Purveyor of Knowledge and Emerging Publisher of Philippine Art
June 28, 2017



 
Saulog in his mid-40s
Seeing through the canvas
of Simon Saulog
by: Angelo J. Aguinaldo



Conspiracy (1943)
UP Vargas Museum and Filipiniana Center

June 2011-- I first met Simon Saulog in 1983. I was then a young misfit college student who wanted to become a visual artist. At that time, I thought I have given up on my dream until I met Simon Saulog who rekindled my passion.

Initially, my plan was to train formally but Saulog scoffed at the idea and suggested that I attend art workshops instead since he had an opinion that attending school is a waste of time and money. For a while, this confused me as he sounded bitter but soon I realized that he made some sense. For a man of innate talent, school might have bored him.


Riverscape (1969)
Alex Castro Art Collection

Back in his hometown in Imus, Cavite, Simon Saulog chose to adopt a group of hobbyists that included myself and he went on to regularly tutor us. This informal school later adopted a structured module with lessons on freehand drawing, pencil drawing, color rendering, portraits, landscape, still life done in various media. Our group, which later became a socio-civic club called Malayang Sining, was fortunate because we had the opportunity to closely work with Saulog and learn directly from him. The ideas we have learned were simply out of the box since we frequented galleries that ceased to exist now and interacted with Saulog’s former acquaintances and patrons.


Painter's Club in 1983

Naturally, we developed certain closeness with Saulog and soon called him Tata Simon, an expression of respect to elders among barrio folks. Since I was the writer in the group, I was requested to write about him.

All I was tasked to do was to write a biographical essay which was later published in CD format in 2003 but if I were to do a screenplay, I would have to start with my feet descending an old mixed bamboo and wood slab staircase then landing on a small balkonahe.


The Birth House of Simon Saulog in Imus, Cavite

I entered a spacious and old-looking sala of bamboo flooring with the scent of oil paint and turpentine, very much like strong lemon rind. Prominent in the room was three long fluorescent lamps dangling over an improvised black worn out easel that carried an unfinished portrait of a man in barong tagalong. That was the only lighting fixture beneath the thatched roof. Imagine my surprise to see Saulog’s abode. As a young writer, I felt a sense of loneliness. There is a real story here, I surmised.


Untitled (1950)
Wuth Franz Jerusalem Art Collection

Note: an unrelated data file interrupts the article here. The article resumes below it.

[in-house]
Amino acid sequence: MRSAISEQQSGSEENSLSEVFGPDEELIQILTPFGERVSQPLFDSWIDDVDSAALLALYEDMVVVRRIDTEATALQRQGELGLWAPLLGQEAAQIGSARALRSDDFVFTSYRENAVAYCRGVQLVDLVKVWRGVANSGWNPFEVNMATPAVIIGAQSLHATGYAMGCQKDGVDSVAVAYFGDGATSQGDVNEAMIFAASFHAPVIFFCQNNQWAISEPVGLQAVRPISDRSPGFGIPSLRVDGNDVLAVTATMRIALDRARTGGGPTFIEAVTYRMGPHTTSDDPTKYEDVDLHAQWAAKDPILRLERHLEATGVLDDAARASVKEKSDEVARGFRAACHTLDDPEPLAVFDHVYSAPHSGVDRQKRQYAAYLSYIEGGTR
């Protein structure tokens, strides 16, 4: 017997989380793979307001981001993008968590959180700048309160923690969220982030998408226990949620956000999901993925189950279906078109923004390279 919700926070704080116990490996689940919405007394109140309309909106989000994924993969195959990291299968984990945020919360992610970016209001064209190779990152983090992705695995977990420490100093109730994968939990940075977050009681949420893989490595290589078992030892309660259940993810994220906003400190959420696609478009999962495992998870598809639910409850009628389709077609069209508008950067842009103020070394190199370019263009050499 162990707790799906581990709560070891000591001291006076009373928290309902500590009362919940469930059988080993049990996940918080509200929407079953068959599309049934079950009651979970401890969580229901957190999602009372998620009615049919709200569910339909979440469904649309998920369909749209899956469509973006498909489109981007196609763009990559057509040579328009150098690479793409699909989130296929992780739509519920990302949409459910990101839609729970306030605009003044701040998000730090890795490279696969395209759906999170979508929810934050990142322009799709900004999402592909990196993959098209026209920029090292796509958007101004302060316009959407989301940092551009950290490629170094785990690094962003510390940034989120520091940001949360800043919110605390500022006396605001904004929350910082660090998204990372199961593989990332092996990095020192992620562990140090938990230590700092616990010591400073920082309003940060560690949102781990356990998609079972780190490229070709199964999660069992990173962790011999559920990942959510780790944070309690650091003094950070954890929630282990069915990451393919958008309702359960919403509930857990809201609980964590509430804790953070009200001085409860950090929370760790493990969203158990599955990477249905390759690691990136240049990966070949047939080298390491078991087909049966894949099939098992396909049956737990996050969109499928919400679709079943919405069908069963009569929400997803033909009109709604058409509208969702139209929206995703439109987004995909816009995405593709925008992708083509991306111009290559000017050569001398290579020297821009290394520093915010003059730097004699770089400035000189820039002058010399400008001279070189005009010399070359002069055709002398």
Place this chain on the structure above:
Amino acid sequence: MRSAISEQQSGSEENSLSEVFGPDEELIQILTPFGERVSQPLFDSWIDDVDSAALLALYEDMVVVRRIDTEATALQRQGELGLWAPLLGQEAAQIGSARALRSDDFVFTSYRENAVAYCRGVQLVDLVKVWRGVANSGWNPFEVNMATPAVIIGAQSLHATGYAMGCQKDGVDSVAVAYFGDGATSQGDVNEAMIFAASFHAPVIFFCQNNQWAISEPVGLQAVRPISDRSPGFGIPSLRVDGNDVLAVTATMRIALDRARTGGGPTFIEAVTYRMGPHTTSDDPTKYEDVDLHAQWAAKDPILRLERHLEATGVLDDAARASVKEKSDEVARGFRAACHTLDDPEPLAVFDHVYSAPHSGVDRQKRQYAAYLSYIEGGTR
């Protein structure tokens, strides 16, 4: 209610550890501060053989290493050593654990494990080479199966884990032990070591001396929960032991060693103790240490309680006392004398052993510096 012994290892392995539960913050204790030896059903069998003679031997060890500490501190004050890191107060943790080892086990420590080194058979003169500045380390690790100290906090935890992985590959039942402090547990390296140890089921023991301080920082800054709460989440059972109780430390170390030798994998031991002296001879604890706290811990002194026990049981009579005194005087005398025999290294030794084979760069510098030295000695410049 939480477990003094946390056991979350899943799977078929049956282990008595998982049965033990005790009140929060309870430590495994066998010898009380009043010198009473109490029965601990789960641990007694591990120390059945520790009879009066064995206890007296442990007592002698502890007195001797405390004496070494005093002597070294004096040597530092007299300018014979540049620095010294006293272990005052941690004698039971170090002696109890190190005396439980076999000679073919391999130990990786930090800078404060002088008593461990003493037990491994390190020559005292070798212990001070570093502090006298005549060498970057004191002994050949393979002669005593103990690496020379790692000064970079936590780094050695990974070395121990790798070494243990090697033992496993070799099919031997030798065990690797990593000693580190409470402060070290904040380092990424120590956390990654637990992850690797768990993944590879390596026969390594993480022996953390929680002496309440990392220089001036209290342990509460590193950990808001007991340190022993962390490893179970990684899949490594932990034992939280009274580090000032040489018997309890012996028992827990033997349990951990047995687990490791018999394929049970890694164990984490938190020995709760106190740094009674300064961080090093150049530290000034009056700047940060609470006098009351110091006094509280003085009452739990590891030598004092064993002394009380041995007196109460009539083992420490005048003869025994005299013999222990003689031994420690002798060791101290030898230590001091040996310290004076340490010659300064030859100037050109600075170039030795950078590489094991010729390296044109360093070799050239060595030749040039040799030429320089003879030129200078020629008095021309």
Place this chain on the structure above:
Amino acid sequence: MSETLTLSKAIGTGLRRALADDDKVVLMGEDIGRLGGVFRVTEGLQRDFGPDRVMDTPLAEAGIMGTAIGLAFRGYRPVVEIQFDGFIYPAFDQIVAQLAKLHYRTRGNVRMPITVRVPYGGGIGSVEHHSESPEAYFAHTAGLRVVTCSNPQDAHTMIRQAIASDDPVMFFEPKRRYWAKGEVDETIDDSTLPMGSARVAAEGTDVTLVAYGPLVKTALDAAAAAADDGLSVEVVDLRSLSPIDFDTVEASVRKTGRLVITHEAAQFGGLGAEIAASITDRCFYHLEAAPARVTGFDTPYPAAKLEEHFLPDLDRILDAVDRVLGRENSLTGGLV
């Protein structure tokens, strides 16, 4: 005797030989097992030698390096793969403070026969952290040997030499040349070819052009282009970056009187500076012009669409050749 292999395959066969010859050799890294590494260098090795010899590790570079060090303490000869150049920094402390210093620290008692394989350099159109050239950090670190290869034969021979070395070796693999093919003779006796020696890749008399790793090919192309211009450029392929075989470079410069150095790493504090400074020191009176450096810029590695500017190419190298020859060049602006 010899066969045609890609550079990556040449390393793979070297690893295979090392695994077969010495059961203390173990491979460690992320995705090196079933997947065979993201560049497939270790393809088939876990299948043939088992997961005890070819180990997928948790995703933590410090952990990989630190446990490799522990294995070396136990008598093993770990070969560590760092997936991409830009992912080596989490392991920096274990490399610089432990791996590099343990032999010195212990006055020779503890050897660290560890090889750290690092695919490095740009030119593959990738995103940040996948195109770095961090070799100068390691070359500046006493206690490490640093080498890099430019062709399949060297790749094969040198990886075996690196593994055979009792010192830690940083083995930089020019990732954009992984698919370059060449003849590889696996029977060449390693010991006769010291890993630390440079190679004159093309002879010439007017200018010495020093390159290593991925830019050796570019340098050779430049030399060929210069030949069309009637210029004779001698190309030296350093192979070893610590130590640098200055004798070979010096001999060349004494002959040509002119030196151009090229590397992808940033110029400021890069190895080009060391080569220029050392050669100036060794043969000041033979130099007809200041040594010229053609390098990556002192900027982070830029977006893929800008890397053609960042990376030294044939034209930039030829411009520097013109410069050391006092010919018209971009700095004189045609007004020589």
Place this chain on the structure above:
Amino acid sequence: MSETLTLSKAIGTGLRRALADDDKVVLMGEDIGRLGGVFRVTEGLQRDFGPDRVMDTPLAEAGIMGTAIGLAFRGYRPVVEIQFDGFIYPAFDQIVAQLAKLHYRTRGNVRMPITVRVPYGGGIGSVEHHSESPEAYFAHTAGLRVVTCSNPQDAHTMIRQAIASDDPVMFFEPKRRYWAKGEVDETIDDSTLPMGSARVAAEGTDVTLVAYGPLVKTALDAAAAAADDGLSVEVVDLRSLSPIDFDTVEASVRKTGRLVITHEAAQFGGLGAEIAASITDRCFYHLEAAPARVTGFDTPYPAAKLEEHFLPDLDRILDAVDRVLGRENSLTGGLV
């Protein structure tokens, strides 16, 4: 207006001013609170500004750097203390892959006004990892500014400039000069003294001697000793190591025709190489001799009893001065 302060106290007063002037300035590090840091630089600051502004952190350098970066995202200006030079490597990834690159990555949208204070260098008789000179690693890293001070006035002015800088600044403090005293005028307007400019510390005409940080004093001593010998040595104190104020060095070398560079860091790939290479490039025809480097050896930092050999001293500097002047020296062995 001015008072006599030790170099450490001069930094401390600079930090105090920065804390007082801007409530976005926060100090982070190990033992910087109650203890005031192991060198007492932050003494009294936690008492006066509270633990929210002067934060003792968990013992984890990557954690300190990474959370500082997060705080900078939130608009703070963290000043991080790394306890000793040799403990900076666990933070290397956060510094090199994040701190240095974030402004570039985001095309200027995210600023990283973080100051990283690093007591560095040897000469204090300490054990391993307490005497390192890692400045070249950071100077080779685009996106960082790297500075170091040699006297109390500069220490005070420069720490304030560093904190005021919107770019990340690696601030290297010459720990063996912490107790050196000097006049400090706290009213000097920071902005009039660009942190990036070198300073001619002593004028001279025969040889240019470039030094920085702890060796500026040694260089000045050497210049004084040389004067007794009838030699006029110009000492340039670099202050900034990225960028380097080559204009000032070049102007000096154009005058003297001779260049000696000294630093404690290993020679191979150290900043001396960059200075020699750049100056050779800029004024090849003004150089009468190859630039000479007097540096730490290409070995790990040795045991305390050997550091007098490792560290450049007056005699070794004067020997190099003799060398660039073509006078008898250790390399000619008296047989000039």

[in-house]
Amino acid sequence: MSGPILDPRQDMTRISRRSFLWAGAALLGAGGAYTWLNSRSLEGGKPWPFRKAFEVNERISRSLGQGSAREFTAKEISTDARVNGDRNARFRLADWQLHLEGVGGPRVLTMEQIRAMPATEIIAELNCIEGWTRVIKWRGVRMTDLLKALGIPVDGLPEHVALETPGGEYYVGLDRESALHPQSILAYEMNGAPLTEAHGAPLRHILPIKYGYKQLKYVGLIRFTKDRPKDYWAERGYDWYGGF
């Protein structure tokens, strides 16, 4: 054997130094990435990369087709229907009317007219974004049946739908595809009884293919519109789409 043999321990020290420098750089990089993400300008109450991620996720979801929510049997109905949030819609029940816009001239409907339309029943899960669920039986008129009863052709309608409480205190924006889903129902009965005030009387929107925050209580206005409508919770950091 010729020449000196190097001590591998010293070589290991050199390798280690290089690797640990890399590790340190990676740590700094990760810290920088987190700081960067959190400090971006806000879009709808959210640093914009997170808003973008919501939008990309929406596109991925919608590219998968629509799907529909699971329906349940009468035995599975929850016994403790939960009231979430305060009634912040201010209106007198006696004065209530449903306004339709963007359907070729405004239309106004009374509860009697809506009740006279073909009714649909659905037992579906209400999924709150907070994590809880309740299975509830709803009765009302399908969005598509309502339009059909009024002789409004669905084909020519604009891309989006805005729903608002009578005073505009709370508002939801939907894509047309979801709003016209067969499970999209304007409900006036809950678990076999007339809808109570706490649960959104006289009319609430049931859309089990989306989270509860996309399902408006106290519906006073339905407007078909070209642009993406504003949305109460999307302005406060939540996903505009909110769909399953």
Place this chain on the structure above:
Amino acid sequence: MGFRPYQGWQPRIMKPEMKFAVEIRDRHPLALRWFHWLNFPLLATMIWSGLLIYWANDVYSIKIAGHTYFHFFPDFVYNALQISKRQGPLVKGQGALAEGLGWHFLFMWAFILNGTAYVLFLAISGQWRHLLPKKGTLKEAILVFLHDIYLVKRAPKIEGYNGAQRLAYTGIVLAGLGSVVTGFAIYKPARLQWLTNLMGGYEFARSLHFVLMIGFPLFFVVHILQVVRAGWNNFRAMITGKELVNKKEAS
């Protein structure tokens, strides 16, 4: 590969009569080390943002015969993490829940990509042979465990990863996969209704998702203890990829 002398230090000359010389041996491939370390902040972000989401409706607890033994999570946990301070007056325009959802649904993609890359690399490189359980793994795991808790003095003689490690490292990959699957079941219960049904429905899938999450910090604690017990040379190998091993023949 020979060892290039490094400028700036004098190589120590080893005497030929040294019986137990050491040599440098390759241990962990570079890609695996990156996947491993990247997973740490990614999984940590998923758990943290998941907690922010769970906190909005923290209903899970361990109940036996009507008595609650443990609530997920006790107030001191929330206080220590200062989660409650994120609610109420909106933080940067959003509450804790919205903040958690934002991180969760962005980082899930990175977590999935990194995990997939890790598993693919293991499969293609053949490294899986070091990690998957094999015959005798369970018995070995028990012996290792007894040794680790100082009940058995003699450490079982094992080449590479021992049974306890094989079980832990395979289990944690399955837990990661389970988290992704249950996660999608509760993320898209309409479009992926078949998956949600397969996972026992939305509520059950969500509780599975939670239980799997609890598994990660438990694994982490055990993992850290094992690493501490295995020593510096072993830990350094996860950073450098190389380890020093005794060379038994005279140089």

Intrigued by him, I became a frequent visitor of Tata Simon. I would always seat on his narra sedan chair as I casually asked details of his life in the city and later in the barrio. His naughty grin and thick glasses often distracted me and his revelations were often humorous, heart-warming and emotional.


Old Woman (1952)
Wuth Franz Jerusalem Art Collection

He was hyper when he recalled the pre-war Philippine art especially the "battle royale" between the Modernists and the Conservatives and his alleged involvement with the Huks and the NPAs. He was funny when he talked about his contemporaries at the UP College of Fine Arts especially Julian Jumalon, the state of government and politics of his time. I felt I was caught in a time warp. Listening to him was leafing through the pages of a journal turning yellow.


Untitled
Alex Castro Art Collection

The tales of a successful artist turn almost pauper-like to his alleged womanizing since he frequently extended financial help to models who would sit for him which caused much displeasure to his wife.


Untitled
Alex Castro Art Collection

And like any famous artists, Simon Saulog both had his own glorious past and beginnings. Mentored by Filipino masters, Fernando Amorsolo and Fabian de la Rosa, Simon Saulog was a popular student at the old UP College of Fine Arts (1934-36). He was a perennial winner in various Art Association of the Philippines (AAP) contest and even competed upon the prodding of Fernando Armosolo. The latter asked him to do so in memory of Pablo Amorsolo who died during World War II.


Woman with Pearl Necklace (1950)
Victor Velasco Art Collection

I shall not deal further with the details of his winning streak accounts. Instead, I would like to share my personal rediscovery of the various masterpieces which Tata Simon mentioned to me a few years back before he bade this earthly world in 1995.